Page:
• This disease can equally affect males or females. (B629.13.w13)

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Disease has been reported in either the wild or in captivity in:

Further information on Host species has only been incorporated for species groups for which a full Wildpro "Health and Management" module has been completed (i.e. for which a comprehensive literature review has been undertaken). Host species with further information available are listed below:

Host Species List

(List does not contain all other species groups affected by this disease)

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Disease has been specifically reported in Free-ranging populations of:

  • --

Further information on Host species has only been incorporated for species groups for which a full Wildpro "Health and Management" module has been completed (i.e. for which a comprehensive literature review has been undertaken). Host species with further information available are listed below:

Host Species List

  • --

(List does not contain all other species groups affected by this disease)

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Environment/Geography

General Information on Environmental Factors/Events and Seasonality

  • --

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Regions / Countries where the Infectious Agent or Disease has been recorded

  • Adrenocortical neoplasia disease has been reported in ferrets in the USA. (B629.13.w13)
  • In the UK. (J60.11.w2)
  • In the Netherlands. (B631.30.w30)

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Regions / Countries where the Infectious Agent or Disease has been recorded in Free-ranging populations

  • --

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General Investigation / Diagnosis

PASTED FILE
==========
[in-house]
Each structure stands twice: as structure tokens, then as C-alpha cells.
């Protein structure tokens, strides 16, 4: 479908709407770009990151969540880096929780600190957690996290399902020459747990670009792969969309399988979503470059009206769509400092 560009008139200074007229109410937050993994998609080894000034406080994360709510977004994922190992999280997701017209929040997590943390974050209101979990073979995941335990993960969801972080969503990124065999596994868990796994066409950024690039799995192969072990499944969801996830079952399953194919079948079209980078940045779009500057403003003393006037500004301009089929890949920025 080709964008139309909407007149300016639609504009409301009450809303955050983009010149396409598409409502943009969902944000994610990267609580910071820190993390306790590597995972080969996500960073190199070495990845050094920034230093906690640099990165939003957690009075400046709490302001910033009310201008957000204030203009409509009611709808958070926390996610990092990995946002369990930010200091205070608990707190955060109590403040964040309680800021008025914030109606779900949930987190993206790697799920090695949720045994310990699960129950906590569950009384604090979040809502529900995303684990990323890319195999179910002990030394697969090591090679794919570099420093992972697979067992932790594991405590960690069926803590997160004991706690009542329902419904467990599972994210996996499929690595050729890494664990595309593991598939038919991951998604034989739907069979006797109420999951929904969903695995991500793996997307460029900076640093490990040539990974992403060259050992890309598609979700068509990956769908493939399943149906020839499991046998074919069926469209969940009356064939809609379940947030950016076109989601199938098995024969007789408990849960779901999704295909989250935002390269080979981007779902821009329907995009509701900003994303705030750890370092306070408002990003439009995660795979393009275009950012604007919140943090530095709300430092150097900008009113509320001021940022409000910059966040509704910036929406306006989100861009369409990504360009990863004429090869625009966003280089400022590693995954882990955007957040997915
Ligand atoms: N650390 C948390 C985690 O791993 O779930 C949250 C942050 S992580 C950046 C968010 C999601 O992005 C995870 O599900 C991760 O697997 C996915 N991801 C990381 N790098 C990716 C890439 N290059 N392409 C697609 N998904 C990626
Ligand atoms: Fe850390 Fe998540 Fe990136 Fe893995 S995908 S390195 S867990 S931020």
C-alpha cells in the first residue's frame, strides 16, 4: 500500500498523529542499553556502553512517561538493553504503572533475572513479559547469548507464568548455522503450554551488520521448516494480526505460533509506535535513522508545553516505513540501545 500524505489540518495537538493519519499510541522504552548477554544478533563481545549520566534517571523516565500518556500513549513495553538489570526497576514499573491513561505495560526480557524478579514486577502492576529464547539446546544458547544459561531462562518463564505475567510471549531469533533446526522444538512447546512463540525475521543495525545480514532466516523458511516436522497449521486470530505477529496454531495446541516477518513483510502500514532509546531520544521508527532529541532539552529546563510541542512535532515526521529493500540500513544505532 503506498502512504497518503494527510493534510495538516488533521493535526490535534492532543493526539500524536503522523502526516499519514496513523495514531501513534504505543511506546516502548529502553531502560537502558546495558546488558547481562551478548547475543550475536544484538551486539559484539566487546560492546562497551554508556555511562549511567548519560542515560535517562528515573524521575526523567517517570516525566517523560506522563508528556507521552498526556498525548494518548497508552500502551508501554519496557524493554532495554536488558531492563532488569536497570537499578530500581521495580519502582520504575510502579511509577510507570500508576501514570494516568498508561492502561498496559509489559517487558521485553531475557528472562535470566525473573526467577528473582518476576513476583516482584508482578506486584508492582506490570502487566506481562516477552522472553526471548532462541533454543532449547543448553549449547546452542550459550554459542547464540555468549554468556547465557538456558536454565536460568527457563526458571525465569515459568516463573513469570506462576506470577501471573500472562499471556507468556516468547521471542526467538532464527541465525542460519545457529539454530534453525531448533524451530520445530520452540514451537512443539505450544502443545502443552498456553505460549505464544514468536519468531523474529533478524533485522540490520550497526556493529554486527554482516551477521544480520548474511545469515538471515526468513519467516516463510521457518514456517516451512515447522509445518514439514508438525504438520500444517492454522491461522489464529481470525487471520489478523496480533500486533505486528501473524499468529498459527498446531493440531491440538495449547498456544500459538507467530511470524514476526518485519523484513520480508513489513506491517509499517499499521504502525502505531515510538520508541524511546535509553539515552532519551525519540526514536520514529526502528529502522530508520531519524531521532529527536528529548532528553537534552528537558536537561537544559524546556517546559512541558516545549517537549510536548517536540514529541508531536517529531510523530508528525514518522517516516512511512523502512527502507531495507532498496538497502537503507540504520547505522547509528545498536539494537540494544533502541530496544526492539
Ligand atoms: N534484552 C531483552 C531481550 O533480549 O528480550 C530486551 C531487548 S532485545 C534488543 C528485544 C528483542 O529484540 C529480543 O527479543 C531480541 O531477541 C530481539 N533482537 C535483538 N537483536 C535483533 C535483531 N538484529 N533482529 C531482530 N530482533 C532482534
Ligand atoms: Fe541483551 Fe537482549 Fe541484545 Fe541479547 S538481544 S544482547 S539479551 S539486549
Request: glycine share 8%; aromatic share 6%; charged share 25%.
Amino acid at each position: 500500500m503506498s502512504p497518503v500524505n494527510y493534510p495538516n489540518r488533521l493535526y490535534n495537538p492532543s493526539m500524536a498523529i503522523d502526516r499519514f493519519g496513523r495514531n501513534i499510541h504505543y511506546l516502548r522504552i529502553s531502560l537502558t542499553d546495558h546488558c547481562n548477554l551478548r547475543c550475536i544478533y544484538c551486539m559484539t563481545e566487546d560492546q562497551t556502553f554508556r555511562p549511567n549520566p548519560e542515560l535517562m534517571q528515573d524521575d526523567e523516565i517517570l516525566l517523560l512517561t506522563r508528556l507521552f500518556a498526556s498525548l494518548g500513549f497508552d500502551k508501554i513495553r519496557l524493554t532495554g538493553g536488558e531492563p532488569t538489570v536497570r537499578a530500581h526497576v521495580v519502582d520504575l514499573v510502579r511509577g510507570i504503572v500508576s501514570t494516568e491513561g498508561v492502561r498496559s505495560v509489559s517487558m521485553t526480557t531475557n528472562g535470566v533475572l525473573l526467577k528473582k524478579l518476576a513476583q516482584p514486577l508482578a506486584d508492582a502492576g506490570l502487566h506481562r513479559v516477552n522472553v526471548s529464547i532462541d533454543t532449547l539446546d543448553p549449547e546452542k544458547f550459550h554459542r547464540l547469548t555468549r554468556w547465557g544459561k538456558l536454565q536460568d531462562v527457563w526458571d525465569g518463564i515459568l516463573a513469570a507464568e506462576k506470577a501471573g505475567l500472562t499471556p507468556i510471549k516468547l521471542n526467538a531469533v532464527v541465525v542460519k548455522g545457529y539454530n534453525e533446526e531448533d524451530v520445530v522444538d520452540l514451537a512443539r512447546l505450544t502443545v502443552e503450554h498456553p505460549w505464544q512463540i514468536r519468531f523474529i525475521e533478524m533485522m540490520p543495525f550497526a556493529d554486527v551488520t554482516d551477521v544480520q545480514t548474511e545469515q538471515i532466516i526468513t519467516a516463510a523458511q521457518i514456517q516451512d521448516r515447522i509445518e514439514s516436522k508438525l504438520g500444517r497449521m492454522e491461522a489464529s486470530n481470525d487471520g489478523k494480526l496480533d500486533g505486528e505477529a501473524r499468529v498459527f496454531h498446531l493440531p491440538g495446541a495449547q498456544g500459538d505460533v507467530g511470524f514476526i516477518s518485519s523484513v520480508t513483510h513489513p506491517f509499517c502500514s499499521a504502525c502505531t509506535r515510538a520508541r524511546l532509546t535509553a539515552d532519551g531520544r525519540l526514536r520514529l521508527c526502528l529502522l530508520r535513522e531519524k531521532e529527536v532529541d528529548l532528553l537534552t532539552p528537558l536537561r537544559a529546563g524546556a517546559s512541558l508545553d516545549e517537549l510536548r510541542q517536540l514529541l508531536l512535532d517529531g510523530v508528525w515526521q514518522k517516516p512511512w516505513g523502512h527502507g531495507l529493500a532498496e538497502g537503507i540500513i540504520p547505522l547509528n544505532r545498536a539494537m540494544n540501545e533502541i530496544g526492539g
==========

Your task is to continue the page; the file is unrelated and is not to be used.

General Information on Investigation / Diagnosis

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Ferrets Diagnosis can be made by clinical signs (bilateral alopecia, vulvar swelling and masses cranial to the kidneys), history and a full work up. (B627.18.w18, B629.13.w13, J60.11.w2)
  • Palpation of enlarged adrenal glands: (B627.18.w18, B629.13.w13)
    • This can be difficult due to the fat that surrounds the glands. (B629.13.w13)
    • The left adrenal gland is more likely to palpable than the right. (B629.13.w13)
    • The left gland is found craniomedial to the left kidney and the right gland is found midline and under the caudal aspect of the liver. (B629.13.w13)

Blood tests

  • A complete blood count should be normal, unless there is bone marrow toxicity. (B629.13.w13)
  • Anaemia may be present with pancytopenia. (B629.13.w13) See: Clinical Pathology of Ferrets
    • Non-regenerative anaemia develops with time. (P120.2006.w5)
  • Serum biochemistry may show an elevated alanine aminotransferase. The biochemistry may also show concurrent diseases if present. (B629.13.w13)
  • Elevated sex steroids can be detected, such as androstenedione, dehydroepiandrosterone sulphate, oestradiol or 17- α-hydroxyprogesterone. (B339.9.w9, J60.11.w2)
    • Normal ranges for sex steroid hormones: 
      • Oestradiol (pmol/L) 30-180.  (B629.13.w13)
      • 17- α-hydroxyprogesterone (nmol/L) 0.0-0.8. (B629.13.w13)
      • Androstenedione (nmol/L 0.0-15.0. (B629.13.w13)
    • If one or more of these results are raised in a neutered ferret, this confirms hyperadrenocorticism.  (B629.13.w13, J60.11.w2)
    • Androstenedione is the most sensitive of the hormones above. (B339.9.w9)
  • Cortisol should be in the normal range. (B629.13.w13)

Imaging

  • Ultrasound scanning can assist in identifying adrenal disease, (P120.2006.w5, B339.9.w9, B627.18.w18) highlighting the thickness of the adrenal glands, size and shape. Note: If the adrenal glands appear normal, this does not necessarily rule out adrenal disease. (B629.13.w13)
  • Radiographs can help eliminate other diseases. (B629.13.w13, B627.18.w18)
  • See: Imaging in Ferret Diagnosis and Treatment

Surgery

  • An exploratory Laparotomy can help in the detection of a adrenal tumour. (B627.18.w18, J60.11.w2)